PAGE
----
Early career honor goes to assistant professor for algebra project

By Staff


Julien Langou, Ph.D., an assistant professor of mathematical and statistical sciences at the College of Liberal Arts and Sciences (CLAS) at the University of Colorado Denver, recently received the Faculty Early Career Development (CAREER) National Science Foundation (NSF) award, the second CAREER award for CLAS and the third for the CU Denver.

Langou's $400,000 award is a five-year project titled "Foundations for Understanding and Reaching the Limits of Standard Numerical Linear Algebra."

The prestigious CAREER award is given to faculty in the early stages of their academic careers who have exhibited excellence in research and teaching.

"Dr. Langou has shown extraordinary growth as a faculty member since arriving at CU Denver," said Michael Jacobson, Ph.D., chair of the CU Denver mathematical and statistical sciences department.
"Not only has he become one of the leaders within the Department's Research Group in Computational Mathematics, he tirelessly supervises doctoral students, in addition to having taken on a departmental leadership role as the director of undergraduate studies, over which time the department has revamped the undergraduate degrees offered."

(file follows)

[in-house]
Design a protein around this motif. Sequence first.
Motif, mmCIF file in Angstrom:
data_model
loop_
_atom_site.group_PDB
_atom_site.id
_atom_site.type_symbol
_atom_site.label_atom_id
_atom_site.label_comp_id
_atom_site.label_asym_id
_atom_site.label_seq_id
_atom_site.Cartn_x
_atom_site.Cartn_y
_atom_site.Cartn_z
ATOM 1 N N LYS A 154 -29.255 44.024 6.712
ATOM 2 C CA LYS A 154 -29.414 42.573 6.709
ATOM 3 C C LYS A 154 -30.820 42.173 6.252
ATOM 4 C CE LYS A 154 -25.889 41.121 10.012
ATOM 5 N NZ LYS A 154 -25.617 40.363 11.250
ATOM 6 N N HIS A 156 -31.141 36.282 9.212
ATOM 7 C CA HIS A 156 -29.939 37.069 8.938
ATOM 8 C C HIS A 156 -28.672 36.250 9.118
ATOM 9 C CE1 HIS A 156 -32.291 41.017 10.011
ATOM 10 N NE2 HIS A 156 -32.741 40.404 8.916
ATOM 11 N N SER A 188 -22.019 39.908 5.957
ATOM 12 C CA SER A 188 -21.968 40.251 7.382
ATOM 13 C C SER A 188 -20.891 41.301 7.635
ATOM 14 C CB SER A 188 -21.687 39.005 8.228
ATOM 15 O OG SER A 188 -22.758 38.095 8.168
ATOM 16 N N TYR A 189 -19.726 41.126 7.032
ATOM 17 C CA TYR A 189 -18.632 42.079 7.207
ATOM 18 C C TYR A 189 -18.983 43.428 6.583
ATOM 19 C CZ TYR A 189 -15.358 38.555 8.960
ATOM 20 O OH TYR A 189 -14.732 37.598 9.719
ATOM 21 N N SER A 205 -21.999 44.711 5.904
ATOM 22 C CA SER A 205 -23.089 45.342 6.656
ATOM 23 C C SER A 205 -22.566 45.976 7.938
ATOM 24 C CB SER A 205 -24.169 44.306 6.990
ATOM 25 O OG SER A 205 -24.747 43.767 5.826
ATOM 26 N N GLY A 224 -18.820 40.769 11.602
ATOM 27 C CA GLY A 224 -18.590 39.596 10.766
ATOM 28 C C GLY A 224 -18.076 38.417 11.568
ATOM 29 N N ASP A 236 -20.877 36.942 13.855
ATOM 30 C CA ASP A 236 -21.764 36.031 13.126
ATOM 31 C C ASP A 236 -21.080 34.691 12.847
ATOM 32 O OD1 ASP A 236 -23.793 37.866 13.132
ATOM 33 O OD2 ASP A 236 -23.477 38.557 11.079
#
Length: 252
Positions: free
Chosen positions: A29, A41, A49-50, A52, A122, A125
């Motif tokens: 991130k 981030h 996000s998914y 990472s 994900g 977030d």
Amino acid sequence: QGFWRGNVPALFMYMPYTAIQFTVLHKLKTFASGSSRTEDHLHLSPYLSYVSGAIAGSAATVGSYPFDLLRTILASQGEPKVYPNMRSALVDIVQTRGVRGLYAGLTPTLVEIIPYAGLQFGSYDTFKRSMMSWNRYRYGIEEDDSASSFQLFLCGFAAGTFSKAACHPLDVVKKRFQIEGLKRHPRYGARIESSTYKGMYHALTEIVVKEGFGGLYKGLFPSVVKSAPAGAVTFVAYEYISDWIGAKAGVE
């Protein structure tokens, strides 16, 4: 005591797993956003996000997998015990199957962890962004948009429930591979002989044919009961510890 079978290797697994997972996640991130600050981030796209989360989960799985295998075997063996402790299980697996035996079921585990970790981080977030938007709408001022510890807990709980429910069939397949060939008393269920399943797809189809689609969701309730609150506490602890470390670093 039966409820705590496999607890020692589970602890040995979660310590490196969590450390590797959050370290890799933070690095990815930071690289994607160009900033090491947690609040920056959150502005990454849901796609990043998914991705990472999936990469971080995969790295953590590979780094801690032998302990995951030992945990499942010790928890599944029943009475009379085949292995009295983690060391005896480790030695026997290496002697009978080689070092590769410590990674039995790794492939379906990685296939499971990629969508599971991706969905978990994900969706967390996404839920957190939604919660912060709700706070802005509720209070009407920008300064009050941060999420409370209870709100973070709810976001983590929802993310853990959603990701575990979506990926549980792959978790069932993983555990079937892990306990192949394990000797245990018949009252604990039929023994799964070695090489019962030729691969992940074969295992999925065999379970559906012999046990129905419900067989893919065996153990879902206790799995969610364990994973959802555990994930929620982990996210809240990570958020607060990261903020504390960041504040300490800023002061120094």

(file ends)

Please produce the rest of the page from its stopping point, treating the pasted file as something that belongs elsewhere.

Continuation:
According to the study abstract, faster numerical simulations are critical, having applications in numerous areas, for example, in the basic sciences for enabling novel scientific discoveries, or in engineering, for developing new products and ultimately maintaining the competitiveness of the industry. Numerical simulations are used virtually everywhere in daily life today. For example, numerical simulations enable better models for weather forecasting, resulting in more accurate forecasting, and more accurate models for automobiles or aircraft before construction.

Overall, Langou's research leads to a better understanding of algorithms and their intrinsic limitations, and eventually results in better, near-optimal algorithms.
Components of this research represent tremendous challenges given the complexity of the current computing architecture and the problem to be solved. The results of this research will be communicated in classes, and through the publication of a book, the distribution of source codes and the development of web documents.

Hai Lin, Ph.D., assistant professor of chemistry, received the first CU Denver College of Liberal Arts and Sciences CAREER award in 2010.